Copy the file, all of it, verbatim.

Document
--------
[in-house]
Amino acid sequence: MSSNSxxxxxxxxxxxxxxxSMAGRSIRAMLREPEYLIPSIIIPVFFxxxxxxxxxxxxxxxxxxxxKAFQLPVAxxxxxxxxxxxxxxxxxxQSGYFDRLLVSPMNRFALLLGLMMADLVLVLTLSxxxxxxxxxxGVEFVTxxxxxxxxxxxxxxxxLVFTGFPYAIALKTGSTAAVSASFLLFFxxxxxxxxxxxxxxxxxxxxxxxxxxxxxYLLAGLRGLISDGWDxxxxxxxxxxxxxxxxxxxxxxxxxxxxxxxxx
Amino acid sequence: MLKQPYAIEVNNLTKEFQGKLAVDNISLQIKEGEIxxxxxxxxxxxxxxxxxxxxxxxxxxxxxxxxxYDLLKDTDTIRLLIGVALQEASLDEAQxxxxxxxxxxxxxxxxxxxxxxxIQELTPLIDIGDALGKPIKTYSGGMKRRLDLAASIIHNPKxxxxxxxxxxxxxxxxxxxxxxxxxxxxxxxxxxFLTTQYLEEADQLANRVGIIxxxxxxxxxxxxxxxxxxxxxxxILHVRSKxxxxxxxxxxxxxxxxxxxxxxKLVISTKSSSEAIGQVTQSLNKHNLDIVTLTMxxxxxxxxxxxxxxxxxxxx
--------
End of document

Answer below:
[in-house]
Amino acid sequence: MSSNSxxxxxxxxxxxxxxxSMAGRSIRAMLREPEYLIPSIIIPVFFxxxxxxxxxxxxxxxxxxxxKAFQLPVAxxxxxxxxxxxxxxxxxxQSGYFDRLLVSPMNRFALLLGLMMADLVLVLTLSxxxxxxxxxxGVEFVTxxxxxxxxxxxxxxxxLVFTGFPYAIALKTGSTAAVSASFLLFFxxxxxxxxxxxxxxxxxxxxxxxxxxxxxYLLAGLRGLISDGWDxxxxxxxxxxxxxxxxxxxxxxxxxxxxxxxxx
Amino acid sequence: MLKQPYAIEVNNLTKEFQGKLAVDNISLQIKEGEIxxxxxxxxxxxxxxxxxxxxxxxxxxxxxxxxxYDLLKDTDTIRLLIGVALQEASLDEAQxxxxxxxxxxxxxxxxxxxxxxxIQELTPLIDIGDALGKPIKTYSGGMKRRLDLAASIIHNPKxxxxxxxxxxxxxxxxxxxxxxxxxxxxxxxxxxFLTTQYLEEADQLANRVGIIxxxxxxxxxxxxxxxxxxxxxxxILHVRSKxxxxxxxxxxxxxxxxxxxxxxKLVISTKSSSEAIGQVTQSLNKHNLDIVTLTMxxxxxxxxxxxxxxxxxxxx